43. Steve Donnelly November 14, 2012 at 12:56 pm #

    Unfortunately our recent experience with Delta was no better…

  44. Anne Andorn November 14, 2012 at 2:27 pm #

    Seeing this news note brought me back to a very cold Cleveland night, full of snow, you were playing at the Music School Settlement, I think it might even have been your 21st birthday(?) and after the first movement you stopped the trio and said “our hands were too cold, we will start again” to the delight of all the students gathered there – thanks for the memory Anne Andorn

  45. Gina Wethington November 14, 2012 at 2:49 pm #

    I am not one bit surprised at this. Customer service has gone to the wayside in many industries but I have experienced my own horror stories with several airlines and I am just glad you weren’t flying American, they can’t even control their pilots and attendants in-flight or their unruly passengers who wont put their words with friends away (chuckle). I would definitely call Delta and see about getting all those miles back. You may get lucky !!!!!

  46. Marinne Wurlitzer November 14, 2012 at 3:01 pm #

    Hello Lynn: A voice from the past with a note of sympathy. Delta is entitled to have a policy but certainly not to be so rude. How inefficient, cruel and quite stupid of them – what’s the matter with their PR department? This will come back to haunt them if that is any consolation. Marianne Wurlitzer

  47. Larry November 14, 2012 at 3:21 pm #

    Glad to see that you have gotten this website up and running to inform the rest of us what shysters these guys are. No more Delta for me, just on principle. Delta has a Facebook page where it would be appropriate for people to let them know what they think of them IMHO! Killing your personal air miles in my opinion, is tantamount to stealing a lot of money from you.

  48. Andrew November 14, 2012 at 5:39 pm #

    Among the terrible things about Delta’s actions is that 11 years ago you were free to take your business elsewhere but didn’t since they continued to award Mr. Cello his miles. They already have those 11 years of business and they’re rescinding the things they gave you to retain your business.

    Anyone who feels strongly about their actions should head over to Delta’s site and fill out a complaint (or better yet, call their home office.) Complaint form: — they might see the light if they realize how the public feels.

  49. Benny Rietveld November 14, 2012 at 5:50 pm #

    I guess I’m surprised, yet not so surprised. Corporate greed and (especially) stupidity are at an all-time high, it seems (and that’s saying something). I certainly would take Aron Z.’s advice and try to contact someone else there. Perhaps the letter was written by an overzealous middle management watchdog who just started their new job.

    But I appreciate your outlook and attitude towards the situation. You must sound great! 🙂

  50. linnakat November 14, 2012 at 6:04 pm #

    A smart airline would see a sponsorship opportunity — Mr. Cello flies free for a line in the program. When I played with the Nairobi Orchestra I remember at least one concert where British Airways was a prominent sponsor because they helped with the cost of flying in a soloist and his cello from the UK.

  51. Stephen Z Goldberg November 15, 2012 at 6:18 am #

    I think that all professional orchestras, opera companies, etc should inform Delta that unless this policy is reversed they will book their travel on other airlines. As an individual I will certainly try to find other companies with which to fly. FYI – I am an amateur cellist.

  52. Professor Peewee November 15, 2012 at 6:38 am #

    I bought a Yamaha Guitarlele, which fits under the seat, for a recent trip to Germany, but I suppose that’s not an option for you…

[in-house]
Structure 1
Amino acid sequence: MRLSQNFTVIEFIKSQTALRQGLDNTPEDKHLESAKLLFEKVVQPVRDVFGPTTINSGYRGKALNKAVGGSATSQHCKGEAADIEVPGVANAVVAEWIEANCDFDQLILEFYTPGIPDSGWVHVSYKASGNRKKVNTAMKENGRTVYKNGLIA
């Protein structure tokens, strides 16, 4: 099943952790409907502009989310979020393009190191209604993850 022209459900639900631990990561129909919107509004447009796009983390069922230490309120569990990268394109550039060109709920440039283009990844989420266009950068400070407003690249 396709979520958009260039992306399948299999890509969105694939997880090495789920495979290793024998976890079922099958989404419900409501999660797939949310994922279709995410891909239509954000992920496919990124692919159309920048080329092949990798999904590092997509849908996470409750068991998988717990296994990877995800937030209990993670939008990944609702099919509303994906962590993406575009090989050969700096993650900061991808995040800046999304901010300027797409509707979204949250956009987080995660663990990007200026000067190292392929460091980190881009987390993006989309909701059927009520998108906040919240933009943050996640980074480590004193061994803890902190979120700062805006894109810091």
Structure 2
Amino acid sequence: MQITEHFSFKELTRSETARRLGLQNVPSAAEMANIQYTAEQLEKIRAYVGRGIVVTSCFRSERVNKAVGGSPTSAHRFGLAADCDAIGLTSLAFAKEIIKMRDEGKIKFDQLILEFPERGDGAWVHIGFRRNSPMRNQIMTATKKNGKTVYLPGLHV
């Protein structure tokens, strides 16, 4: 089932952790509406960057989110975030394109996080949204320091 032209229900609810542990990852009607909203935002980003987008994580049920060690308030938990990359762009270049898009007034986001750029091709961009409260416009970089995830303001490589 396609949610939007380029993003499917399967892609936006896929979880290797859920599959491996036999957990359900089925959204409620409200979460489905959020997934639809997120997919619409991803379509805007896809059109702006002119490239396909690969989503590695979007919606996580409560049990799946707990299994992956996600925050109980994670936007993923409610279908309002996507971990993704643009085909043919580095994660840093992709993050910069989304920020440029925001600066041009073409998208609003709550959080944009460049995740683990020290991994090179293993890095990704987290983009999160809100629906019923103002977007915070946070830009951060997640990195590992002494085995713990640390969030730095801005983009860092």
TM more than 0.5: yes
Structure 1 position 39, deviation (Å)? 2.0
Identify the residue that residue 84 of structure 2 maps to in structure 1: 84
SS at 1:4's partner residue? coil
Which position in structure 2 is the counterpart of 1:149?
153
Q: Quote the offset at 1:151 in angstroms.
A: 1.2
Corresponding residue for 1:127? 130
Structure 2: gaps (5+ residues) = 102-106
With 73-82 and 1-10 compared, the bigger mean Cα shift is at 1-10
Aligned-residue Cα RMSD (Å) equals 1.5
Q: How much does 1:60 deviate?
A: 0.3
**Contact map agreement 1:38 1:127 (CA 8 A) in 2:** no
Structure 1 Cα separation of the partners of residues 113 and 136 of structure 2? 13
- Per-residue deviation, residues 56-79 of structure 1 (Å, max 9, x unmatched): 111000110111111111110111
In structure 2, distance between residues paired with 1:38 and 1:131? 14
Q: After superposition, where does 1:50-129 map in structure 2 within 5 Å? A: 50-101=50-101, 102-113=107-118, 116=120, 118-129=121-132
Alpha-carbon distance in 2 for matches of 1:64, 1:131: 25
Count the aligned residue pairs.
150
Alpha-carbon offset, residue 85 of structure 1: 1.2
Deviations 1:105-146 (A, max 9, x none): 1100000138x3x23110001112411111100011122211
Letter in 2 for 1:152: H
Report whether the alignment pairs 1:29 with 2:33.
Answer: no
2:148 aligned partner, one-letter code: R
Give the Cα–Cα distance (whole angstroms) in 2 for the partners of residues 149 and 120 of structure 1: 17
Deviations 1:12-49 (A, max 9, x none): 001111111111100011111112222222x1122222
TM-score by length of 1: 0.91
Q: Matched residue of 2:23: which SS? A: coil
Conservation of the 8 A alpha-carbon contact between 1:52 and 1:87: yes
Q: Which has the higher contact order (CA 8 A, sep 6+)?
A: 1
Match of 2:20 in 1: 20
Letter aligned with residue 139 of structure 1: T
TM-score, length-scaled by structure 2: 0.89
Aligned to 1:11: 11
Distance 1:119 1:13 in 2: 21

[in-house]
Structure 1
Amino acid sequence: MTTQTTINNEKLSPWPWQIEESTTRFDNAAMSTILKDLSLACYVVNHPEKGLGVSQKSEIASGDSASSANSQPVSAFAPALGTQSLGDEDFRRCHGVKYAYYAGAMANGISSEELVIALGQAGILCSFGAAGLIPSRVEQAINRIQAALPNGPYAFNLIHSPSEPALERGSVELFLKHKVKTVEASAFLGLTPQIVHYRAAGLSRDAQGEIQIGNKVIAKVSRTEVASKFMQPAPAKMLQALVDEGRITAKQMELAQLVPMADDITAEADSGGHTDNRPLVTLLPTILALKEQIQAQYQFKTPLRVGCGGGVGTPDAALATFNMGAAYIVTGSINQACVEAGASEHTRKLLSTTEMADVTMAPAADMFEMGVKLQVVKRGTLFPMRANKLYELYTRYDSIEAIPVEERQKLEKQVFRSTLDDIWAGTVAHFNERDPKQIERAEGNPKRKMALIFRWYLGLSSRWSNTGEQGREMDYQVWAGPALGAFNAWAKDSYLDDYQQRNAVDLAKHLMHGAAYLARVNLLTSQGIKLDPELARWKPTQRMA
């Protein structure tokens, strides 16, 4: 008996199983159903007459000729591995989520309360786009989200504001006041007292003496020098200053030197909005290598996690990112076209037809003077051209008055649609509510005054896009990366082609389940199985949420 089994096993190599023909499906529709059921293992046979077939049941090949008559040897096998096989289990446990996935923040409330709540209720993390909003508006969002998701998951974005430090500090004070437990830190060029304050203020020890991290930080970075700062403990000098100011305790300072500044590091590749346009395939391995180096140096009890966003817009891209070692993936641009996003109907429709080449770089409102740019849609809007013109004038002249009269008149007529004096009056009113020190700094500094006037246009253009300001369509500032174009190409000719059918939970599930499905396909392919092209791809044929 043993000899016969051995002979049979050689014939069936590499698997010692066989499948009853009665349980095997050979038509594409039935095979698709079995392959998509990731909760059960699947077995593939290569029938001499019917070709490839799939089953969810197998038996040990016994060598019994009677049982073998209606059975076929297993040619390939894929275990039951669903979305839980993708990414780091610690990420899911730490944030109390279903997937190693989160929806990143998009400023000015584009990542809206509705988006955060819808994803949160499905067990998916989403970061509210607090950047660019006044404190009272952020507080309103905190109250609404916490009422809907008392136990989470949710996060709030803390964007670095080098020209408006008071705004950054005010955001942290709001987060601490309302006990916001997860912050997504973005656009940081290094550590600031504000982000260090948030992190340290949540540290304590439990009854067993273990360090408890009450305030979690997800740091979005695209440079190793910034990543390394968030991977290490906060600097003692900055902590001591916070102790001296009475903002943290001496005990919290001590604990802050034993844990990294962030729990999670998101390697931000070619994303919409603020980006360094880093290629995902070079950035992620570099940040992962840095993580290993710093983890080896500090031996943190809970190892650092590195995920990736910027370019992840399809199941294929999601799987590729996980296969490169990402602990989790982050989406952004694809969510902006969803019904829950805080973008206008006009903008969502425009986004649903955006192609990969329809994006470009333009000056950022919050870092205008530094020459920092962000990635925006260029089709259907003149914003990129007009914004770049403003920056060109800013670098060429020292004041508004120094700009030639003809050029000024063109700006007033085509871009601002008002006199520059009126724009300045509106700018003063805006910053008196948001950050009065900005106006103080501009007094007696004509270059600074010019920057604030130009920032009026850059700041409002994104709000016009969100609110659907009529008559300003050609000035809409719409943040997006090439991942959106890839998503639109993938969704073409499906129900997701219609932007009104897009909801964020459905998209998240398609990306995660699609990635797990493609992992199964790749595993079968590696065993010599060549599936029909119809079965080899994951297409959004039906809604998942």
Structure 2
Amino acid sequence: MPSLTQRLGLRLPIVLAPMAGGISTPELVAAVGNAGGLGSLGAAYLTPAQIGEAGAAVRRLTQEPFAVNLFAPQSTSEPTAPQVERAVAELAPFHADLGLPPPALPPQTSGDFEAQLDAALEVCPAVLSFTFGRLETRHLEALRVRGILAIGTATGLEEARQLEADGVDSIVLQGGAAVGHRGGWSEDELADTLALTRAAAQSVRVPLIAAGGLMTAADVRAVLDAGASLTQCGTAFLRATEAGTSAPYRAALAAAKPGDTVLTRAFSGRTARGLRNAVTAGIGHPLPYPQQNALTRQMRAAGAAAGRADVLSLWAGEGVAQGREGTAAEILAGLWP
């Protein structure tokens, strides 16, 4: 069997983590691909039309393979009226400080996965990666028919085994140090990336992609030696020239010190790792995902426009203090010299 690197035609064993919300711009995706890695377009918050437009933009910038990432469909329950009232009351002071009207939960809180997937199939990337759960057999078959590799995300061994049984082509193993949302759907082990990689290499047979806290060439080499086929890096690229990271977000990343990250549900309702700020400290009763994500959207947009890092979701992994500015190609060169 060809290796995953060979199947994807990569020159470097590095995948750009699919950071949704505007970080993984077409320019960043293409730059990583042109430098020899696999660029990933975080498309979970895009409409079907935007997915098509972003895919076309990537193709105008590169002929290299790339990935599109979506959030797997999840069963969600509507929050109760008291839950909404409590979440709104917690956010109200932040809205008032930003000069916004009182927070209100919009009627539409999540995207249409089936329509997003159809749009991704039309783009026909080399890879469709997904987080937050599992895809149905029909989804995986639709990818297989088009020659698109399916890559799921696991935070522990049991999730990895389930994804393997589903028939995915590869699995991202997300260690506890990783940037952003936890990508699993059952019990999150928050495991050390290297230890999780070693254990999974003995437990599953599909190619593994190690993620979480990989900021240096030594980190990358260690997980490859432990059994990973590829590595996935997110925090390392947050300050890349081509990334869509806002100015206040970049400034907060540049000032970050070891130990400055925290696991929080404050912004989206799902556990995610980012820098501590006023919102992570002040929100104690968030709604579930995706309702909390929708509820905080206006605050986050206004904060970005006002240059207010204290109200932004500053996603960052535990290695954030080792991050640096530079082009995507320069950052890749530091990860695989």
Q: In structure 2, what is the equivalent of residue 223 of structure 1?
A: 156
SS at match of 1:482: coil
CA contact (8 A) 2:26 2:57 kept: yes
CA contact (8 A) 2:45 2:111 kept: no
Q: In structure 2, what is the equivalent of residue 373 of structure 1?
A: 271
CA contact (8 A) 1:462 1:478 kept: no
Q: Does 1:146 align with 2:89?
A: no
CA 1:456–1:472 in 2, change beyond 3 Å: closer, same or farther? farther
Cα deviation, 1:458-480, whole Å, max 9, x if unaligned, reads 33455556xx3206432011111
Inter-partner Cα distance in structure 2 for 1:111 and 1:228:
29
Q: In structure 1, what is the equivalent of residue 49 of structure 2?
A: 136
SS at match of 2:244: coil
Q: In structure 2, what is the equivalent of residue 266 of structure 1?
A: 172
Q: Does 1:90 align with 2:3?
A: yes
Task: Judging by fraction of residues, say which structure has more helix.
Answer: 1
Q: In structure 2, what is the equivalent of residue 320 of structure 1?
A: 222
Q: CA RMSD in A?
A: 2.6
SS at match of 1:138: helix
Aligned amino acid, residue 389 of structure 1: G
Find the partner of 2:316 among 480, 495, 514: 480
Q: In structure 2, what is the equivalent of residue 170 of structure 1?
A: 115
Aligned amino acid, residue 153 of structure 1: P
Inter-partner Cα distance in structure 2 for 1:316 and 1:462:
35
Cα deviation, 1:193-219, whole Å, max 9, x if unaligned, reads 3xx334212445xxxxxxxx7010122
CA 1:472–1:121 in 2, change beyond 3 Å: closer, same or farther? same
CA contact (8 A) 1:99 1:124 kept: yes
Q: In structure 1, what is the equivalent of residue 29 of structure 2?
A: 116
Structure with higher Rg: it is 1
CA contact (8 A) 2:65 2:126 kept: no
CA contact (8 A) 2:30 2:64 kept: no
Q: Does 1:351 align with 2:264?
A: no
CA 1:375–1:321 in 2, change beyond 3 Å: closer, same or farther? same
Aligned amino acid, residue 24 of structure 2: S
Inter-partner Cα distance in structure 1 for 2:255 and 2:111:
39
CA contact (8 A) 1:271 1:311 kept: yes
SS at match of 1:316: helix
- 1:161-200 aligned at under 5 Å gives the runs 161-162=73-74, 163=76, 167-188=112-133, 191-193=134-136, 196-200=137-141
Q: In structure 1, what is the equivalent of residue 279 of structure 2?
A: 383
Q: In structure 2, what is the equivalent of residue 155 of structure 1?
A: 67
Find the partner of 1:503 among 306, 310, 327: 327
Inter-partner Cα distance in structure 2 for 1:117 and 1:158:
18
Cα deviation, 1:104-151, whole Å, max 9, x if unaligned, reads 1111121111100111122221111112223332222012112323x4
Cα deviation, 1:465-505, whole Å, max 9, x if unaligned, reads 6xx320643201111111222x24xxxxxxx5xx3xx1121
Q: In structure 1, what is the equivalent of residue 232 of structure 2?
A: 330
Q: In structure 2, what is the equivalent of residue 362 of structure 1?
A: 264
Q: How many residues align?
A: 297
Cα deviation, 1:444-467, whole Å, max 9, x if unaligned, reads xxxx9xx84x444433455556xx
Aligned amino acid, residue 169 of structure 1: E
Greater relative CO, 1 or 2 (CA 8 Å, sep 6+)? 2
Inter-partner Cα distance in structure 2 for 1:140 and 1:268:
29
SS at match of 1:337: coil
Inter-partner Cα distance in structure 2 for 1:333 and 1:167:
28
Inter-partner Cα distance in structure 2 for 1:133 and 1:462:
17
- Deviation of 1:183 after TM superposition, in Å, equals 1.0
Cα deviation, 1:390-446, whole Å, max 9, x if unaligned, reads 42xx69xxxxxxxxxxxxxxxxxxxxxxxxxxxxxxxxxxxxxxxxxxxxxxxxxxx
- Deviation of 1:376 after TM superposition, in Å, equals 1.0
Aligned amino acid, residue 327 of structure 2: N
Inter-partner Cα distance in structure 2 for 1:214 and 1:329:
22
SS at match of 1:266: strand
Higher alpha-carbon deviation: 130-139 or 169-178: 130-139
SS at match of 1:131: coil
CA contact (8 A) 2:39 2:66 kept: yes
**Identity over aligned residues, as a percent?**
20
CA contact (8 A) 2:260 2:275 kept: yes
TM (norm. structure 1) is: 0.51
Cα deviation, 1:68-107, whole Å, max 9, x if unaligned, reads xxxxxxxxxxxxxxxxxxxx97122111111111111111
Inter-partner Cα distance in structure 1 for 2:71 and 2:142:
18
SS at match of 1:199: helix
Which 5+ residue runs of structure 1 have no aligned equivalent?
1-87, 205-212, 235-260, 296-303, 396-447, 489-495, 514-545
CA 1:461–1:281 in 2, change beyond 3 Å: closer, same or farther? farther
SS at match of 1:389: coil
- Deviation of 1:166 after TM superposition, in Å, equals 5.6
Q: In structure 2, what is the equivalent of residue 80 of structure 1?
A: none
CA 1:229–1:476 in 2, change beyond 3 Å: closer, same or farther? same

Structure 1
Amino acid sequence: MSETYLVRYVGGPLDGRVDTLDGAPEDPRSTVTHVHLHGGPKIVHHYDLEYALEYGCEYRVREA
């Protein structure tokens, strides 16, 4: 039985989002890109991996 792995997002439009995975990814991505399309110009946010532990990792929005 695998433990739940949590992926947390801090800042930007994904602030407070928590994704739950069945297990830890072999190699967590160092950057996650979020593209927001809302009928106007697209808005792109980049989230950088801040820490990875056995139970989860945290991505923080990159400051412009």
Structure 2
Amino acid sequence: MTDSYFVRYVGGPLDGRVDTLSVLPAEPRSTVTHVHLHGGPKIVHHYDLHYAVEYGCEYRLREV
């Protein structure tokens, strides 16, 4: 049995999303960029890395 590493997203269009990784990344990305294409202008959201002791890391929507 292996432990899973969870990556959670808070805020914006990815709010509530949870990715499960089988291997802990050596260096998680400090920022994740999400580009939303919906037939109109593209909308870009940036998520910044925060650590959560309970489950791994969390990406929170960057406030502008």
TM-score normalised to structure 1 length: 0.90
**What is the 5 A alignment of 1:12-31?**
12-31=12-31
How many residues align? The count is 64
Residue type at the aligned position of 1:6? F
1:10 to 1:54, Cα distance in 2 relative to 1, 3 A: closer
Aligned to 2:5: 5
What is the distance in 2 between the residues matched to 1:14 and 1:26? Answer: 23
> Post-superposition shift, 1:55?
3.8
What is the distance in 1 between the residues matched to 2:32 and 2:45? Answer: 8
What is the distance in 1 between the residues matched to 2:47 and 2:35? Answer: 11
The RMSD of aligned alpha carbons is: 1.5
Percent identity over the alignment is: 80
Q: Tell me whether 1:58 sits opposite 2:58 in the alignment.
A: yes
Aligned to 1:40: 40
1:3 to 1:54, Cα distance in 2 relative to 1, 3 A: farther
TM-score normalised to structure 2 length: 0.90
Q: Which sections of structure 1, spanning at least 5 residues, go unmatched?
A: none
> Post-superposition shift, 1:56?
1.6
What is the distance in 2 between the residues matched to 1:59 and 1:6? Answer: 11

At least they thanked you for your participation. I thought that was nice.

  53. Nicole November 15, 2012 at 7:53 am #

    This makes my blood boil…and I’m not even a cellist! Hope Delta is shamed!

  54. Jessica S. November 15, 2012 at 8:10 am #

    Time to switch carriers, I suppose. I would make an excellent commercial for whomever you popped off to!

  55. dundili November 15, 2012 at 8:46 am #

    I had many reasons not to fly Delta before, and your experience just confirms it. Looking forward to hearing you play again, hopefully soon.
    In the meantime, American and United offer superior mileage programs, so I think you will enjoy the future flight opportunities even more!

  56. Harold Gotthelf November 15, 2012 at 10:03 am #

    Steven Isserlis has also complained about his cello’s treatment by airlines: (
    I guess that all you great cellists will have to switch to the piccolo.

  57. Richard Shagam November 15, 2012 at 10:07 am #

    Check out They offer on-line petitions, which have done, among other things, saved people from eviction, rid schools of ‘pink slime”, and most famously, drawn attention to the Traylon Martin shooting–resulting in the arrest of the shooter. Perhaps, it can save Mr. Cello’s frequent flyer miles

  58. DC Palmer November 15, 2012 at 12:51 pm #

    Is this a first draft of an article for The Onion?

  59. cary lewis November 15, 2012 at 12:58 pm #

    Luckily, after our account was canceled, we rejoined under a new name and were able to retain it until the end of our traveling-with-cello days. And we were able to use up the miles. Perhaps you should incorporate the cello, and take advantage of the fact that “corporations are people too, my friend!”

  60. John Tomlinson November 16, 2012 at 4:19 am #

    Most of the airlines have been hiring auditors to search for loopholes or abuses of the frequent flyer programs because they know that the liability that they have created with these programs could put any one of them out of business. The real question is are there really enough cellists out there flying around on free mileage so that by stopping them you can afford to pay the salary of an auditor. My guess is not – so once again an airline is ending up with a net loss as well as a public relations black eye. I fly the cheapest and easiest (most direct) airline whenever I am forced to travel. The fact is that EVERY airline will screw you if they get the chance. Welcome to our deregulated world (before airline deregulation this kind of thing would never have happened).